Wednesday, December 29, 2010


While looking up images for my previous insect related post, I came across the work of Cornelia Hesse-Honegger. She worked as a Scientific Illustrator at the Natural History Museum at the University of Zurich for 25 years. She began collecting and painting Leaf Bugs (Heteroptera) in 1969, and after the Chernobyl incident began recording the damage that nuclear radiation was having on these insects.She has since then studied and painted insects near functioning nuclear power stations in Europe and the U.S. and concluded that even low levels of radiation are enough to cause morphologically disturbed insects.Heteroptera (2001)and Future's Mirror (1999) are books of illustrations and essays highlighting the physiological effects of radiation. In her biography Hesse-Honegger points out the lack of published findings on these effects and implores independent scientific study in this field.She has also published a book of her images on Silk. She began designing fabric for Swiss fashion houses Akris and Fabric Frontline. I can just imagine that the medium of silk would lend itself so perfectly to her lush images. Even in photograph the richness of colour makes my heart beat a little faster.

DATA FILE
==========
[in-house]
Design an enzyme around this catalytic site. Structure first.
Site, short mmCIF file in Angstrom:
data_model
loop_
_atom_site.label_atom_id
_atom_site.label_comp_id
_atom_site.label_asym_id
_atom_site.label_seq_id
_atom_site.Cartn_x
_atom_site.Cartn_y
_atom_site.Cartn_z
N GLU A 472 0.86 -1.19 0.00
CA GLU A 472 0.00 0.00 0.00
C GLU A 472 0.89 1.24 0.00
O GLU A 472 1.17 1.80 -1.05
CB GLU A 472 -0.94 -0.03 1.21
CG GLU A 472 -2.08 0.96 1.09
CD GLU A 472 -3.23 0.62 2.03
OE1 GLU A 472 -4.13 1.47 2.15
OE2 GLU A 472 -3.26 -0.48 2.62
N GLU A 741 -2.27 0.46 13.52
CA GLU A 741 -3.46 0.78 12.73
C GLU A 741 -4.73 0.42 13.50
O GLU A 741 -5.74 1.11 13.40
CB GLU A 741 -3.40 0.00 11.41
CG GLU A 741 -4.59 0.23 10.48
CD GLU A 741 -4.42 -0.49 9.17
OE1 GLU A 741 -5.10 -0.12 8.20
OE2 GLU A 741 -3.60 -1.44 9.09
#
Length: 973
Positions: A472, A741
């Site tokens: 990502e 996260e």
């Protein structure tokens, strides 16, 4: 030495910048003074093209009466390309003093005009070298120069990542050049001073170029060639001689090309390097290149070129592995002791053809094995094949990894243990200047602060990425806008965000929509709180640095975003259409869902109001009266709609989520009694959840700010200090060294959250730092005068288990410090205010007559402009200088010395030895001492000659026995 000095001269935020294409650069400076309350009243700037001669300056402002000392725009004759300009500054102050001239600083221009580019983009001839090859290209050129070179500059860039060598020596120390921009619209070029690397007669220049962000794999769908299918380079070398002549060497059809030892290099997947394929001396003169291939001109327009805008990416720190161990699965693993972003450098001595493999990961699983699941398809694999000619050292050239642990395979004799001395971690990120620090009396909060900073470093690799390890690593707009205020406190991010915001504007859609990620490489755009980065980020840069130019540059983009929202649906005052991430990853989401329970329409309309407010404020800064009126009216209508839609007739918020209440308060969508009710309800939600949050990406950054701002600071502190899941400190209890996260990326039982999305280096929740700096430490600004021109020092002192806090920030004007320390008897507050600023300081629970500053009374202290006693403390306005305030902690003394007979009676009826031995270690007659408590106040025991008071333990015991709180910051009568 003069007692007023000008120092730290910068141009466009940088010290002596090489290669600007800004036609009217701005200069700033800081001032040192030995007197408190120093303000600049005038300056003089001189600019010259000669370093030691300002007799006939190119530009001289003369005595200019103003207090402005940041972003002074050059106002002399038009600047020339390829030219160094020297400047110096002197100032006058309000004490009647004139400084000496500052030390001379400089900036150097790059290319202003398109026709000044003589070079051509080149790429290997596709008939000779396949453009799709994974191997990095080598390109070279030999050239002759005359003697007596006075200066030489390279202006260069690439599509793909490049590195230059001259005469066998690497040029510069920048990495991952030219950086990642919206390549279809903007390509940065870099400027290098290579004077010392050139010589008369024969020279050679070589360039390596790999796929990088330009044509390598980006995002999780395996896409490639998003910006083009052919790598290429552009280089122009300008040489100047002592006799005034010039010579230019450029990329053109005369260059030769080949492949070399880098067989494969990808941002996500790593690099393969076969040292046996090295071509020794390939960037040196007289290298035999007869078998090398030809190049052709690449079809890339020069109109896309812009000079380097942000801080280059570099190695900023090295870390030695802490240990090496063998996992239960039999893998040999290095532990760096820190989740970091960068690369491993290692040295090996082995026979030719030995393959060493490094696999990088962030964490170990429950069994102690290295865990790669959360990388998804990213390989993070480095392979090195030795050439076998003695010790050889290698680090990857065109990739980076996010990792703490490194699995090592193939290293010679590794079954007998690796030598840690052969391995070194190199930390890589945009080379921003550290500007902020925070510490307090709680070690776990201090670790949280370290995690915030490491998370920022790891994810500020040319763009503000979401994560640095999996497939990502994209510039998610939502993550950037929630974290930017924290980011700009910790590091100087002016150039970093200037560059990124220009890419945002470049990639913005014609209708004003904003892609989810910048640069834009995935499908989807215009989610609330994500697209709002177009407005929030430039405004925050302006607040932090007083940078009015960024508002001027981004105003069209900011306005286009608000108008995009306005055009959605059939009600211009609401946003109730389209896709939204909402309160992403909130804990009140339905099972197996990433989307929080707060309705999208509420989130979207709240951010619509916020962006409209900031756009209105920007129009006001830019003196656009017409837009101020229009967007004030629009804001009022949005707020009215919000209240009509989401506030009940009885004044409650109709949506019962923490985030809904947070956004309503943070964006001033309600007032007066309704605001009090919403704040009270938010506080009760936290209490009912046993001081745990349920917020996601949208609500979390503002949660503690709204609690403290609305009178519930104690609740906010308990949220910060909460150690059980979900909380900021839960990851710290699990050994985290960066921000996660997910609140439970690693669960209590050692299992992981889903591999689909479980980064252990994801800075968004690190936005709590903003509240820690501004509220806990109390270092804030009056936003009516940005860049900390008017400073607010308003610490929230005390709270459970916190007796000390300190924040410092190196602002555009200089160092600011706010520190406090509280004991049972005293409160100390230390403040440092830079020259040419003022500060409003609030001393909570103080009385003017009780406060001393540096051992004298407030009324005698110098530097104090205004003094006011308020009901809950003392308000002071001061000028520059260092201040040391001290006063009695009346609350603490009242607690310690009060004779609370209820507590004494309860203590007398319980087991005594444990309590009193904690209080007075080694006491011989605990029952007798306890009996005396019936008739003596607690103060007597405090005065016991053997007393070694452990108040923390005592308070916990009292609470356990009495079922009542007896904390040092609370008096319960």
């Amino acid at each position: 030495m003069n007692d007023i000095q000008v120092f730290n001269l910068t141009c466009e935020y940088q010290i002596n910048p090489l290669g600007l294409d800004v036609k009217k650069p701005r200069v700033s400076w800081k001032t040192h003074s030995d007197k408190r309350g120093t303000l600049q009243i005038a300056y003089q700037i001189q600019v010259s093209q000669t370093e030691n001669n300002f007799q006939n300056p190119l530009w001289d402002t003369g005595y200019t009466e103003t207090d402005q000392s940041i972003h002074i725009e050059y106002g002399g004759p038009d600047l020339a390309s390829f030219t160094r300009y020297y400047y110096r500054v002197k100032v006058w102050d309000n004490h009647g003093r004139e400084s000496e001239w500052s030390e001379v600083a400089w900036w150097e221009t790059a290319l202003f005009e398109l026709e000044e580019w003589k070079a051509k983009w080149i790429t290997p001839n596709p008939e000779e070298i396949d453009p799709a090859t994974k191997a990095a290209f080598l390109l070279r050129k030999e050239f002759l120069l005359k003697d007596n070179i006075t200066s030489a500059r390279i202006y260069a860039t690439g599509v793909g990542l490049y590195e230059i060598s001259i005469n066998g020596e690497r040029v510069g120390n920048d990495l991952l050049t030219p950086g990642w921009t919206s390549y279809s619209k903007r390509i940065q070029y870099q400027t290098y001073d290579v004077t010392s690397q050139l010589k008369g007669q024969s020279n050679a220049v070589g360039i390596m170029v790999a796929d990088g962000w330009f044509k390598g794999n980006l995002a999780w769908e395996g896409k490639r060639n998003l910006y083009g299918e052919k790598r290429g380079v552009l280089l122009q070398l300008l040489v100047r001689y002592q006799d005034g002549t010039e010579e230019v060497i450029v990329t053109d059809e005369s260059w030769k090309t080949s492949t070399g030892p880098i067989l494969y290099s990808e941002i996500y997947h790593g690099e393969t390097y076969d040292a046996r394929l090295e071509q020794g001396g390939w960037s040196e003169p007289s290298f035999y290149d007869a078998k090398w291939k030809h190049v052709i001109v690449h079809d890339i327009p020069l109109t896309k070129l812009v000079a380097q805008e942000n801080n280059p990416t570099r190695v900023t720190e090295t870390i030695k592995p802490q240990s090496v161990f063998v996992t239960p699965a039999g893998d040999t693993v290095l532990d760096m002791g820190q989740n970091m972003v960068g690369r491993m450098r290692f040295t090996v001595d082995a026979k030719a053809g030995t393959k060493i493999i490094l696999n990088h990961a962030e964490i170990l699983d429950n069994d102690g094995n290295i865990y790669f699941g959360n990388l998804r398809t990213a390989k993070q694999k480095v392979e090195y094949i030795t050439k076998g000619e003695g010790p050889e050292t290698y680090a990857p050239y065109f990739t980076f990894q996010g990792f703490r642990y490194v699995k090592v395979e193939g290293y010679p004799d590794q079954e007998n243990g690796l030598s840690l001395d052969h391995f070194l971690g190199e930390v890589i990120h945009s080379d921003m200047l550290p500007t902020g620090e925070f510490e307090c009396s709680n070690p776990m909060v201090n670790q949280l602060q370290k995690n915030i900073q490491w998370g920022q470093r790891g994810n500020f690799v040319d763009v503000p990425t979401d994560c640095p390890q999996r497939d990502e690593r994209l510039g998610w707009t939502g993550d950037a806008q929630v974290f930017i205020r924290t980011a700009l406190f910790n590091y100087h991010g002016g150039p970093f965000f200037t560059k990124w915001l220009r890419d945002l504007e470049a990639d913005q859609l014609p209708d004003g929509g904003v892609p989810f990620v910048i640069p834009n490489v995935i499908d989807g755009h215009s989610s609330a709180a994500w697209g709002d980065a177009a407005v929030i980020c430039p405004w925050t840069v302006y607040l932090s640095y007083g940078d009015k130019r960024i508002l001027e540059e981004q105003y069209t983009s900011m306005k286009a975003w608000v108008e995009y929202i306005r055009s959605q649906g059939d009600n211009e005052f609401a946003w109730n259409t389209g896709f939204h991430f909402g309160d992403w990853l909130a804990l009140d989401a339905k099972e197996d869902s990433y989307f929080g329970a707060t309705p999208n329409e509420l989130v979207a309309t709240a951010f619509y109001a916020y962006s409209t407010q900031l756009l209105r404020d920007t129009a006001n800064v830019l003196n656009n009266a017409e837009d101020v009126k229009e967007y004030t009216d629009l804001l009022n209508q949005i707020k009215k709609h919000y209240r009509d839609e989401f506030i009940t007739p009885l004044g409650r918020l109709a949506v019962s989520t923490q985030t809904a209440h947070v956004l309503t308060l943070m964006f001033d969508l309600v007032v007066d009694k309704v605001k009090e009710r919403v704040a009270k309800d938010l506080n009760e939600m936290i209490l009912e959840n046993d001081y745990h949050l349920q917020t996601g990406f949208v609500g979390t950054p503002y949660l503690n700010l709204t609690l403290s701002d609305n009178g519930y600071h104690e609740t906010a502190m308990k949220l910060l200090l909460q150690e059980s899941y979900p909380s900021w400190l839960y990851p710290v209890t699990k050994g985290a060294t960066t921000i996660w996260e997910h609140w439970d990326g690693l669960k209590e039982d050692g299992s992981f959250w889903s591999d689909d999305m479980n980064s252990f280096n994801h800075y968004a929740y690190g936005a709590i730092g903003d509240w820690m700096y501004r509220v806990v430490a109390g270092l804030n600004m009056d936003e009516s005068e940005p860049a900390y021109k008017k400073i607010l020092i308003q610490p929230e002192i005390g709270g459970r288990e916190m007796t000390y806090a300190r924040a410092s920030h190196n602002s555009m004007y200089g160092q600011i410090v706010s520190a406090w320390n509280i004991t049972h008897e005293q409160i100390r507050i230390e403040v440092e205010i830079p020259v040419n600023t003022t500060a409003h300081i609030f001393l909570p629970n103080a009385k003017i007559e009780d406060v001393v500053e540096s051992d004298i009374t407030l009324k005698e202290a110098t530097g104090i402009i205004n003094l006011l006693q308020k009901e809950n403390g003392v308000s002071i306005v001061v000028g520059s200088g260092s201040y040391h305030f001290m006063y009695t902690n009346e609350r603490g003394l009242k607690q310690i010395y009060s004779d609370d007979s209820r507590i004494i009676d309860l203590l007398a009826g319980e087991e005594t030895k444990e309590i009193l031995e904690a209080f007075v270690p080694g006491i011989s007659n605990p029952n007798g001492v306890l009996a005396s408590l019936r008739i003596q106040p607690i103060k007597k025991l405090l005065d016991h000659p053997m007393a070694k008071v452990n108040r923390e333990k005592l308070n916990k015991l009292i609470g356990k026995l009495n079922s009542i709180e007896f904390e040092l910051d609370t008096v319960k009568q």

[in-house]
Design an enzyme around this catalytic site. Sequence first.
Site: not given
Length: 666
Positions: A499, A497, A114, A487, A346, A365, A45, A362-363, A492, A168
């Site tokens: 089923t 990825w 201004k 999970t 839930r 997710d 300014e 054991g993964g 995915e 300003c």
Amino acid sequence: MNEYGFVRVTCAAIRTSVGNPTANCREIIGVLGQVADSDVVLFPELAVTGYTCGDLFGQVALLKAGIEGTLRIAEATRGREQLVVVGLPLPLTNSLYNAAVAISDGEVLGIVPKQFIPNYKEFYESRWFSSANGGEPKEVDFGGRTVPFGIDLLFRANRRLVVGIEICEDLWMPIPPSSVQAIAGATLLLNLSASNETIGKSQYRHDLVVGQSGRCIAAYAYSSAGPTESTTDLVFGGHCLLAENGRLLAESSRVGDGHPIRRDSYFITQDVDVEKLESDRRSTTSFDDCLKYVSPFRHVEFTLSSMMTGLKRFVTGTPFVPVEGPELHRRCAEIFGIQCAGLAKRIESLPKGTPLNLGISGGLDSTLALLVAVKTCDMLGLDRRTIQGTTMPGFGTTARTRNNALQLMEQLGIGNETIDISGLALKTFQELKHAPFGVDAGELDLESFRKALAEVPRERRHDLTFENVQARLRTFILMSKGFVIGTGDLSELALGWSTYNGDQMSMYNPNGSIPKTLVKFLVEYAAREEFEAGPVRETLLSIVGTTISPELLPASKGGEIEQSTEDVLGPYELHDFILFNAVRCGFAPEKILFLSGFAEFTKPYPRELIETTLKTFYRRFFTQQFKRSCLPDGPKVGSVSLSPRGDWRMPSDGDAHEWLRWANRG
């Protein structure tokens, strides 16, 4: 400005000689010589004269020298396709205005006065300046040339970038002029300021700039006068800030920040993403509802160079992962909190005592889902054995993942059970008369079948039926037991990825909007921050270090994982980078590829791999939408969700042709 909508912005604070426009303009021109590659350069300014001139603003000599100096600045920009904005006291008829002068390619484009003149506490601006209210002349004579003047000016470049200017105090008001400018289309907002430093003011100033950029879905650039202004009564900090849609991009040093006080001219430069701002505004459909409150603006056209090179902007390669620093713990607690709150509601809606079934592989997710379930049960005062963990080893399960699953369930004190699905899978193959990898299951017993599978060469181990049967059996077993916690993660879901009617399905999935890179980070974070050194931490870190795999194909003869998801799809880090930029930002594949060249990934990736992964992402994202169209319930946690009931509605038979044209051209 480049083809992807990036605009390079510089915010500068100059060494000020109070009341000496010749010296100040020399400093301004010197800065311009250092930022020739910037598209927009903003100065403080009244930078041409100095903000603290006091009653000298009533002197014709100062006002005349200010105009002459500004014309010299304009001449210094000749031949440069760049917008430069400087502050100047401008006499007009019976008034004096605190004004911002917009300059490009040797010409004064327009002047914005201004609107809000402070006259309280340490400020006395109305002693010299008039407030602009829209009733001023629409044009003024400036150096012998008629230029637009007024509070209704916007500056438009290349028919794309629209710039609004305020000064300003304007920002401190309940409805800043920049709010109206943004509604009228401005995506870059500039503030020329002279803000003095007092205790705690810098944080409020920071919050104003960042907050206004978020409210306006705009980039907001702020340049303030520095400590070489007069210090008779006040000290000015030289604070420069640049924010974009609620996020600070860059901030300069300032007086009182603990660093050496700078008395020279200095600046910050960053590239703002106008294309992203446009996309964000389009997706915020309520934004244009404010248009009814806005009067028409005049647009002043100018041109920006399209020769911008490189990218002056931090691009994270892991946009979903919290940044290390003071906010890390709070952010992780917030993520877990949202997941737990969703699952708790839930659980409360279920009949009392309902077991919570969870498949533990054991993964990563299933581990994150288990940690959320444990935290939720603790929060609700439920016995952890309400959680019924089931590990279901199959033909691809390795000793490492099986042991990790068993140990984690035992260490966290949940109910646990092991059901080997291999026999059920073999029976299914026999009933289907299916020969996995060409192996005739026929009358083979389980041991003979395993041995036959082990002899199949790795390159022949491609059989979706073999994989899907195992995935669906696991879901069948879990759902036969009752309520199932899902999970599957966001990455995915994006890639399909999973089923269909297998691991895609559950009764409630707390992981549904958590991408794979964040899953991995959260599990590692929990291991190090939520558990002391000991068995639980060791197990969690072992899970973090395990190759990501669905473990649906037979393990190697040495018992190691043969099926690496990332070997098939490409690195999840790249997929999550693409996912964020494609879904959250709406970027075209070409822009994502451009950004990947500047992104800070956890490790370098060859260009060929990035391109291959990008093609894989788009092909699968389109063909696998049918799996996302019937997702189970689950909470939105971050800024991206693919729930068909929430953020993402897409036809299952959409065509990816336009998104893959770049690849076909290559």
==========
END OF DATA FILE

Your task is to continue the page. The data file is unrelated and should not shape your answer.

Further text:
1 comment:

  1. Oh wow, these are stunning. At first I totally thought that top image was a person wrapped in the wings like a coat!